Your kidneys are organs that are located close to the middle of your back. These fist-sized organs contain millions of nephrons, which are structures that filter blood. The nephrons remove excess water and waste products from the blood for removal from the body as urine. In a person with kidney disease, the function of the nephrons becomes compromised. Eventually, chronic kidney disease can progress to end-stage kidney failure, which is a fatal condition if not treated with dialysis or a kidney transplant. You can talk to a physician at your local hospital about your risk factors of kidney disease. The team at your hospital can also help you learn how to prevent this disease.

    Family History

    Having a family history of chronic kidney disease can increase your risk of developing it. Additionally, it is possible to inherit polycystic kidney disease. This involves the formation of cysts inside these organs, which can lead to chronic kidney disease.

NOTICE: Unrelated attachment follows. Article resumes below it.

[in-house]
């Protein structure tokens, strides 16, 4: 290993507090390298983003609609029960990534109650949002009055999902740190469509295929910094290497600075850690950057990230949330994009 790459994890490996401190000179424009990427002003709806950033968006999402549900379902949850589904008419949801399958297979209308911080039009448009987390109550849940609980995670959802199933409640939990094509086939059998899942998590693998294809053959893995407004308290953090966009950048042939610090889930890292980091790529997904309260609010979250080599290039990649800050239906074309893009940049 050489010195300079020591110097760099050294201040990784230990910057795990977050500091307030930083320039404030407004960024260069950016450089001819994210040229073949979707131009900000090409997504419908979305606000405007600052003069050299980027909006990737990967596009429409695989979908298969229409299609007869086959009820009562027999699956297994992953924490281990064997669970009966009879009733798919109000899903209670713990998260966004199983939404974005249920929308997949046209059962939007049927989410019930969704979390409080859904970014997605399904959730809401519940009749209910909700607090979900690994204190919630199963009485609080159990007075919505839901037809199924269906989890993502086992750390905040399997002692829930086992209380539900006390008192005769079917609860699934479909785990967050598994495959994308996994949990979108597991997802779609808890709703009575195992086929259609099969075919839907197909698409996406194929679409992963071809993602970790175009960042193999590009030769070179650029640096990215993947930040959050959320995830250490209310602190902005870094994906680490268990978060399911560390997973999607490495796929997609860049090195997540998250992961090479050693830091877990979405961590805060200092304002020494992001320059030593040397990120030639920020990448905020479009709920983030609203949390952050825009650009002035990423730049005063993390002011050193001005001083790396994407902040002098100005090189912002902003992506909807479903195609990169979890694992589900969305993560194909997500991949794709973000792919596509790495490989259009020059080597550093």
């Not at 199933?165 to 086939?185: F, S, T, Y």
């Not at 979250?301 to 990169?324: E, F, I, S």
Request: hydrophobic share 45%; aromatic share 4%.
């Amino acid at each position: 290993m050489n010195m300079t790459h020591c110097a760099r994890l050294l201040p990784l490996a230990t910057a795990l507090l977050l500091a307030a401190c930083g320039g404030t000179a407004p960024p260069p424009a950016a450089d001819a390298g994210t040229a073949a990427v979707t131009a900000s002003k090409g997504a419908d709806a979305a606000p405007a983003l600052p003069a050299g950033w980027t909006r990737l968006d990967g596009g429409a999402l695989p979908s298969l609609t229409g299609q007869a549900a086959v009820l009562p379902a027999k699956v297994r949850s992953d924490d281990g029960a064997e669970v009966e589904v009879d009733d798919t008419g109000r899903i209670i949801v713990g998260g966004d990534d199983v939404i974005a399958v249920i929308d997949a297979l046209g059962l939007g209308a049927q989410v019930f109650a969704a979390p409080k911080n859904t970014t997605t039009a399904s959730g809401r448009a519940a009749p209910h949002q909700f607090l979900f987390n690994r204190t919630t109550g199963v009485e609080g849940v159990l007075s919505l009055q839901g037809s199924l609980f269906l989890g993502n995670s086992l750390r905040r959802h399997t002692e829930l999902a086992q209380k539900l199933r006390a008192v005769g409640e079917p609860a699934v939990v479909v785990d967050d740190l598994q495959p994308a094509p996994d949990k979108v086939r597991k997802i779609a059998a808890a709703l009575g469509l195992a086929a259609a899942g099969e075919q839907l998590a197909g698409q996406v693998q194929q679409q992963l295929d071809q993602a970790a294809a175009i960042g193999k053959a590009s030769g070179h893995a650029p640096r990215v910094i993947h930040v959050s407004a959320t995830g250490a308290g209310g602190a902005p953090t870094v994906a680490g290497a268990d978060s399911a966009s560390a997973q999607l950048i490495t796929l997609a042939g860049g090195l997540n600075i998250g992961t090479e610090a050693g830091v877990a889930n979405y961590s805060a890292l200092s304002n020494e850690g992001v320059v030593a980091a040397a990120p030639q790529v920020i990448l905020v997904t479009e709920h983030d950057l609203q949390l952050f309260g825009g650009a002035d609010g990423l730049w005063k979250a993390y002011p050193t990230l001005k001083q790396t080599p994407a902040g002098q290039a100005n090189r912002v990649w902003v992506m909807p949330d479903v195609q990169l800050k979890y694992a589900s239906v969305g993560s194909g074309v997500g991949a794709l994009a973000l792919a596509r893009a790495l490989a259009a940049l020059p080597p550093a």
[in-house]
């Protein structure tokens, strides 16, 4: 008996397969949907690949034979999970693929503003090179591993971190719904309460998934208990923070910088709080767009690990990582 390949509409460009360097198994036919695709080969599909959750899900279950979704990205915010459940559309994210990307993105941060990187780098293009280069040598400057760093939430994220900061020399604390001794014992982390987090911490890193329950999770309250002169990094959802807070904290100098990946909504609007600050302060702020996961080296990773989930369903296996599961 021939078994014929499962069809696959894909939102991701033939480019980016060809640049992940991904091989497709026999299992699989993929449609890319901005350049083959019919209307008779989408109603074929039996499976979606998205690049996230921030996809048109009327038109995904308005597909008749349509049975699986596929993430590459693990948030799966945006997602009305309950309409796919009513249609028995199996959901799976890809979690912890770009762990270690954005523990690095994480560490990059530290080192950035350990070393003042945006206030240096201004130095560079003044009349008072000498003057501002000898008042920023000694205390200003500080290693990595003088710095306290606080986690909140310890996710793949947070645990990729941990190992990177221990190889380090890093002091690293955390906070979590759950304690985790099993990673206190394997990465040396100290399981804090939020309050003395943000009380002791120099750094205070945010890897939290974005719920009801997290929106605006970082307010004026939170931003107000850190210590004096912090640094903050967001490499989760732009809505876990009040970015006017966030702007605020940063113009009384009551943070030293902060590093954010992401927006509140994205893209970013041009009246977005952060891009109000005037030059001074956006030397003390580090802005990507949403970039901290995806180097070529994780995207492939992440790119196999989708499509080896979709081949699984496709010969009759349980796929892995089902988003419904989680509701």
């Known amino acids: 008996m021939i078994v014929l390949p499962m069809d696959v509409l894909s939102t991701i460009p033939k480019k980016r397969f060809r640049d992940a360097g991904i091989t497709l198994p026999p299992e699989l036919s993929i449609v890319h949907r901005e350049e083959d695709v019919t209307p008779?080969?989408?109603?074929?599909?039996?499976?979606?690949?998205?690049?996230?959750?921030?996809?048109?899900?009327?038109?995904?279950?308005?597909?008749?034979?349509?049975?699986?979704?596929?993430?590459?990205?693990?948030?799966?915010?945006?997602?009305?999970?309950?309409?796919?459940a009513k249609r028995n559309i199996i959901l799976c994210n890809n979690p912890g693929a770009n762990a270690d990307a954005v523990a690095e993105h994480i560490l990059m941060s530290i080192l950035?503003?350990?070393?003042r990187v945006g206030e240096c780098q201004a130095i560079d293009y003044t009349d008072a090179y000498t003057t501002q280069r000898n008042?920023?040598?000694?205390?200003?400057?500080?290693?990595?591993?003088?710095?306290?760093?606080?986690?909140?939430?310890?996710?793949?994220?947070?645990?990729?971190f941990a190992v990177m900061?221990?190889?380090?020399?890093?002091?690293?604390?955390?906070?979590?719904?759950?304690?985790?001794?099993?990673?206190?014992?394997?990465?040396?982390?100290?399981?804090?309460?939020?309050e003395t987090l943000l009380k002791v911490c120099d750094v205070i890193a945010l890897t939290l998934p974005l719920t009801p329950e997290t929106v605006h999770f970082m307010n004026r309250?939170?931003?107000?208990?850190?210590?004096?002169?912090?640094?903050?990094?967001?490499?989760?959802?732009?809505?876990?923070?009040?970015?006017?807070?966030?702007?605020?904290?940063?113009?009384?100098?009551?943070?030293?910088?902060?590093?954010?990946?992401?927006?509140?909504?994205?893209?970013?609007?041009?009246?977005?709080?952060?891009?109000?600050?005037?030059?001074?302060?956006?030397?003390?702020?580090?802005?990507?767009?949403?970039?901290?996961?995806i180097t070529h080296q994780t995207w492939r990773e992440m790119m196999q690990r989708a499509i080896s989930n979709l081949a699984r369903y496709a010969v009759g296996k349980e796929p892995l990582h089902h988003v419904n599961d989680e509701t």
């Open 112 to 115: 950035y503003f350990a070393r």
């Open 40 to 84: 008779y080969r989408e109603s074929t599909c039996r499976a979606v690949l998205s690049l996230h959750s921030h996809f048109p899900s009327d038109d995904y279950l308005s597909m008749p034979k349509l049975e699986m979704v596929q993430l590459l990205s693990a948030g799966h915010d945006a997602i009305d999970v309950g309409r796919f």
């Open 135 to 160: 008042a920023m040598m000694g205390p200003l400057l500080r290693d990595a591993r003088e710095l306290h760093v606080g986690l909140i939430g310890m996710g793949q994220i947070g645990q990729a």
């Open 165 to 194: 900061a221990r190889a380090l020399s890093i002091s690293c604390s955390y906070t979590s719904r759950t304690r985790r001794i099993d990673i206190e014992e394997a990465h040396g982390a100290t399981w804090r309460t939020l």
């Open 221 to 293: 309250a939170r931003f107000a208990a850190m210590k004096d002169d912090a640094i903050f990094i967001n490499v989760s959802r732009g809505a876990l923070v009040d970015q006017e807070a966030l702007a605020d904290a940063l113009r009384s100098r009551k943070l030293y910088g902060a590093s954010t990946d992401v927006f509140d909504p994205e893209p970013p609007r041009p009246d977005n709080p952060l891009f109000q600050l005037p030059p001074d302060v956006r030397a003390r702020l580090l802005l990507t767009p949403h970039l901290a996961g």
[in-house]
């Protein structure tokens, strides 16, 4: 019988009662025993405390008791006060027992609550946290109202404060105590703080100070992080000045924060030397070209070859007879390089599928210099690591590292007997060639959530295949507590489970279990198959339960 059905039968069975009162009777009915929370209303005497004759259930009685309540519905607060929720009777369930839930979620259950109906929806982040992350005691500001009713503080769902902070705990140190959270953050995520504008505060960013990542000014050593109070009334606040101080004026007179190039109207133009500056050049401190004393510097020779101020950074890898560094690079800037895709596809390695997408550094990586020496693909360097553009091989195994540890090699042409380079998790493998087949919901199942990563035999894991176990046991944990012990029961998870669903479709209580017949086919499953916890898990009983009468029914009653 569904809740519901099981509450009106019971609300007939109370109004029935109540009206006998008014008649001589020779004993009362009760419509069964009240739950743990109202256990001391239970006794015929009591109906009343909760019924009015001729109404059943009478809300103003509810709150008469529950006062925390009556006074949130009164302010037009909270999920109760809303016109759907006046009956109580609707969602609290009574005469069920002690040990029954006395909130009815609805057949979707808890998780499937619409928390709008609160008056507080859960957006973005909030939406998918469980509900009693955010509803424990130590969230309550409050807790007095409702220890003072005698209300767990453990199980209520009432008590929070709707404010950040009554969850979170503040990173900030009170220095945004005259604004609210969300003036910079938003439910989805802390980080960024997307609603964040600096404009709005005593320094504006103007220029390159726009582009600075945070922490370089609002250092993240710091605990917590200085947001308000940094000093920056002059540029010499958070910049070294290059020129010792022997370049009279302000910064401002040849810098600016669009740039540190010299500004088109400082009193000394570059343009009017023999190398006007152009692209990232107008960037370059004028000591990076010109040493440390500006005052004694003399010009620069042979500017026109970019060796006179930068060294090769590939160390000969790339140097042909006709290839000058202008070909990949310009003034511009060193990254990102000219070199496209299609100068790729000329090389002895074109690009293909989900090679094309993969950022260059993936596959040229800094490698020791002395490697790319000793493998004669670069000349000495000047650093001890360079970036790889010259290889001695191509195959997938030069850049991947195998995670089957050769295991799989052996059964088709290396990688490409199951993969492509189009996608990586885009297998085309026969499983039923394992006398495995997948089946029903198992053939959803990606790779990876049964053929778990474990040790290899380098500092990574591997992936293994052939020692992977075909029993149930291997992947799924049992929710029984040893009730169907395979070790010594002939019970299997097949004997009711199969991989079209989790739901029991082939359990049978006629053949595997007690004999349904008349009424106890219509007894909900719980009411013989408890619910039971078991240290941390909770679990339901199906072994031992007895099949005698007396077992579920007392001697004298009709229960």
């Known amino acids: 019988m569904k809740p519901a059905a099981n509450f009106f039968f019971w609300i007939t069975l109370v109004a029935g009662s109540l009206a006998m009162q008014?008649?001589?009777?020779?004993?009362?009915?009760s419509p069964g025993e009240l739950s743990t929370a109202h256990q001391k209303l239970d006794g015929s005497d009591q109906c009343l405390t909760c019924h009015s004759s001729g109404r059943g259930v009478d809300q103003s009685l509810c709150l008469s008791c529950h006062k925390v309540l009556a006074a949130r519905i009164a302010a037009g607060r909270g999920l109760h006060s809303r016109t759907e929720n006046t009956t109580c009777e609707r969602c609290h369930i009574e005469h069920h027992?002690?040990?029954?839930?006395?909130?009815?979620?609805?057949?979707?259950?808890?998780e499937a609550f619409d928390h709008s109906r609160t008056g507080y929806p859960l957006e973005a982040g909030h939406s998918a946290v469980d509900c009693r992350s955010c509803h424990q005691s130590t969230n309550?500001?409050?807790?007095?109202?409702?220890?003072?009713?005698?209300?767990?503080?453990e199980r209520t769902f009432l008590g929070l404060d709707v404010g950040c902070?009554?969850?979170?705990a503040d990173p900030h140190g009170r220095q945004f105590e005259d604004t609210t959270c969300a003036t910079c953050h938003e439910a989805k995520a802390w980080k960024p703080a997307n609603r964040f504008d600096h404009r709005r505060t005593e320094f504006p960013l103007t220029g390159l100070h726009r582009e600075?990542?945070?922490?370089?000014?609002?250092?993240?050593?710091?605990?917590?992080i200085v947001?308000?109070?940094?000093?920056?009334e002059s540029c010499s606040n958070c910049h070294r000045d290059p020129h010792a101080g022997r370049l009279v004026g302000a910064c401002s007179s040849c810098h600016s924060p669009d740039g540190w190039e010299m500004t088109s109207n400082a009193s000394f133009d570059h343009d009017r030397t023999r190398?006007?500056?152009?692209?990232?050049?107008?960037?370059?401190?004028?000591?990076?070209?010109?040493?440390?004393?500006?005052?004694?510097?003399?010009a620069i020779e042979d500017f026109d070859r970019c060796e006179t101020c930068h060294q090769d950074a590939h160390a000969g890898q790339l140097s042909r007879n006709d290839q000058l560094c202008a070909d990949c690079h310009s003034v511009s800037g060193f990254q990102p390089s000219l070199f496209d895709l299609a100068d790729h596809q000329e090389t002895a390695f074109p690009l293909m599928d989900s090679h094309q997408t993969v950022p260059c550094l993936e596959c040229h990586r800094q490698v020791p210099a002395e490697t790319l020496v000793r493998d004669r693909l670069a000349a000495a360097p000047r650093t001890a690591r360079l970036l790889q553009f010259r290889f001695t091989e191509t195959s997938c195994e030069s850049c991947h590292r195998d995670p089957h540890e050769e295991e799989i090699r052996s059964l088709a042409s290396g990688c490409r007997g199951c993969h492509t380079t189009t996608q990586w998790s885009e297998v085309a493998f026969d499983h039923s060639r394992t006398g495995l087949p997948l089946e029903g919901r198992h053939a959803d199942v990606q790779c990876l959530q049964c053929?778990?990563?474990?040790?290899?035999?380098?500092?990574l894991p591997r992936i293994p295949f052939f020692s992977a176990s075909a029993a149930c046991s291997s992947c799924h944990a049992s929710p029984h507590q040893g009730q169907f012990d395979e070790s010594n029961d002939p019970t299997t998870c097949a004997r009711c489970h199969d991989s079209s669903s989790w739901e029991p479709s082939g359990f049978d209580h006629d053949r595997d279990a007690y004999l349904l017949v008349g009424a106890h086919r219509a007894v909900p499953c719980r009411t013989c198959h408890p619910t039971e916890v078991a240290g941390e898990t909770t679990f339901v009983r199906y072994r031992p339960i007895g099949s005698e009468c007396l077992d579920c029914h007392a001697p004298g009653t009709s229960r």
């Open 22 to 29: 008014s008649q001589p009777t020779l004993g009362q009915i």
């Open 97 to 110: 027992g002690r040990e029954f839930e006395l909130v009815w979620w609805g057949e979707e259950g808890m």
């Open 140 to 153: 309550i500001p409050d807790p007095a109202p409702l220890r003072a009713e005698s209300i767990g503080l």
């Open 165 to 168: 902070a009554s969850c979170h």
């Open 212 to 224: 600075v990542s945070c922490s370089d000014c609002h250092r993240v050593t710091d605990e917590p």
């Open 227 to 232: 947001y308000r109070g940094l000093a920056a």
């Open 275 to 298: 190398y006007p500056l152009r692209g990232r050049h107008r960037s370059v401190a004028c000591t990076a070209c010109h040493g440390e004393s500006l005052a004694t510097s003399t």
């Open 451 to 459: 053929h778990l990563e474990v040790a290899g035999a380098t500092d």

Diabetes

    Most individuals living with chronic kidney disease develop the condition because of diabetes. Poorly managed blood glucose levels can inflict damage throughout the body, including damage to the kidneys. Physicians recommend that patients with diabetes undergo regular screening tests for kidney disease. Additionally, by working with a diabetes educator at a local hospital, patients with diabetes can learn how to better manage their condition and reduce their risk of kidney disease.

    Hypertension

    High blood pressure is another medical condition that can contribute to chronic kidney disease. In fact, after diabetes, hypertension is the second most prevalent cause of this disease. Like diabetes, uncontrolled blood pressure levels can gradually inflict damage on the kidneys. If you have high blood pressure, consider talking to your doctor about medications and lifestyle changes that can improve your health.